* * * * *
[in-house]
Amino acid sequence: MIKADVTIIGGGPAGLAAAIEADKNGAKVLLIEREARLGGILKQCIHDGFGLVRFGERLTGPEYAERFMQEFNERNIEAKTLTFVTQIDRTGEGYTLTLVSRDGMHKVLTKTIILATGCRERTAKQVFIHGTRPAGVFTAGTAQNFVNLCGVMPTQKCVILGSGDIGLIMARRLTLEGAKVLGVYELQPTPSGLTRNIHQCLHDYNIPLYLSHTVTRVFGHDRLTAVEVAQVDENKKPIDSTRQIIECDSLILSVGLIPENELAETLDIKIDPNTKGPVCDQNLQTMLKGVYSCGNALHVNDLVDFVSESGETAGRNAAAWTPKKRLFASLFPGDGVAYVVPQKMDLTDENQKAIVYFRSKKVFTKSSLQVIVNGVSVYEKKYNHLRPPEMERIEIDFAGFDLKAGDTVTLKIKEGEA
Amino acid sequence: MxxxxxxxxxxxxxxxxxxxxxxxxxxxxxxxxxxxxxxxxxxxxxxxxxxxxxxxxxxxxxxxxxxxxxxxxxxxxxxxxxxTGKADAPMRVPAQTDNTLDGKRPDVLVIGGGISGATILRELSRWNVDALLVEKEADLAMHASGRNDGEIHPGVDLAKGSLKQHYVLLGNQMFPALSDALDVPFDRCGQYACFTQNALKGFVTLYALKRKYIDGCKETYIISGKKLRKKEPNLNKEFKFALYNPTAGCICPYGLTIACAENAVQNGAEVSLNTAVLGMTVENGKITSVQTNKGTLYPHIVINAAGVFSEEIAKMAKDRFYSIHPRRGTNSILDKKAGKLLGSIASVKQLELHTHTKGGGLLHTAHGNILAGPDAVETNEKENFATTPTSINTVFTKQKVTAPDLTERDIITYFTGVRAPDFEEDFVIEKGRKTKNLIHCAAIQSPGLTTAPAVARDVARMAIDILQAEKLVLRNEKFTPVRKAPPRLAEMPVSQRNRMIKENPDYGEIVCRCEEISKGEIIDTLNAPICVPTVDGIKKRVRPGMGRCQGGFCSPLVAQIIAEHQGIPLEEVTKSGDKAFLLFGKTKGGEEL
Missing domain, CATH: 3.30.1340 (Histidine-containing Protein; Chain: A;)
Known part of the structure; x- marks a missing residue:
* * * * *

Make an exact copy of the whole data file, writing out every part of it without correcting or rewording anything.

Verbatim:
[in-house]
Amino acid sequence: MIKADVTIIGGGPAGLAAAIEADKNGAKVLLIEREARLGGILKQCIHDGFGLVRFGERLTGPEYAERFMQEFNERNIEAKTLTFVTQIDRTGEGYTLTLVSRDGMHKVLTKTIILATGCRERTAKQVFIHGTRPAGVFTAGTAQNFVNLCGVMPTQKCVILGSGDIGLIMARRLTLEGAKVLGVYELQPTPSGLTRNIHQCLHDYNIPLYLSHTVTRVFGHDRLTAVEVAQVDENKKPIDSTRQIIECDSLILSVGLIPENELAETLDIKIDPNTKGPVCDQNLQTMLKGVYSCGNALHVNDLVDFVSESGETAGRNAAAWTPKKRLFASLFPGDGVAYVVPQKMDLTDENQKAIVYFRSKKVFTKSSLQVIVNGVSVYEKKYNHLRPPEMERIEIDFAGFDLKAGDTVTLKIKEGEA
Amino acid sequence: MxxxxxxxxxxxxxxxxxxxxxxxxxxxxxxxxxxxxxxxxxxxxxxxxxxxxxxxxxxxxxxxxxxxxxxxxxxxxxxxxxxTGKADAPMRVPAQTDNTLDGKRPDVLVIGGGISGATILRELSRWNVDALLVEKEADLAMHASGRNDGEIHPGVDLAKGSLKQHYVLLGNQMFPALSDALDVPFDRCGQYACFTQNALKGFVTLYALKRKYIDGCKETYIISGKKLRKKEPNLNKEFKFALYNPTAGCICPYGLTIACAENAVQNGAEVSLNTAVLGMTVENGKITSVQTNKGTLYPHIVINAAGVFSEEIAKMAKDRFYSIHPRRGTNSILDKKAGKLLGSIASVKQLELHTHTKGGGLLHTAHGNILAGPDAVETNEKENFATTPTSINTVFTKQKVTAPDLTERDIITYFTGVRAPDFEEDFVIEKGRKTKNLIHCAAIQSPGLTTAPAVARDVARMAIDILQAEKLVLRNEKFTPVRKAPPRLAEMPVSQRNRMIKENPDYGEIVCRCEEISKGEIIDTLNAPICVPTVDGIKKRVRPGMGRCQGGFCSPLVAQIIAEHQGIPLEEVTKSGDKAFLLFGKTKGGEEL
Missing domain, CATH: 3.30.1340 (Histidine-containing Protein; Chain: A;)
Known part of the structure; x- marks a missing residue: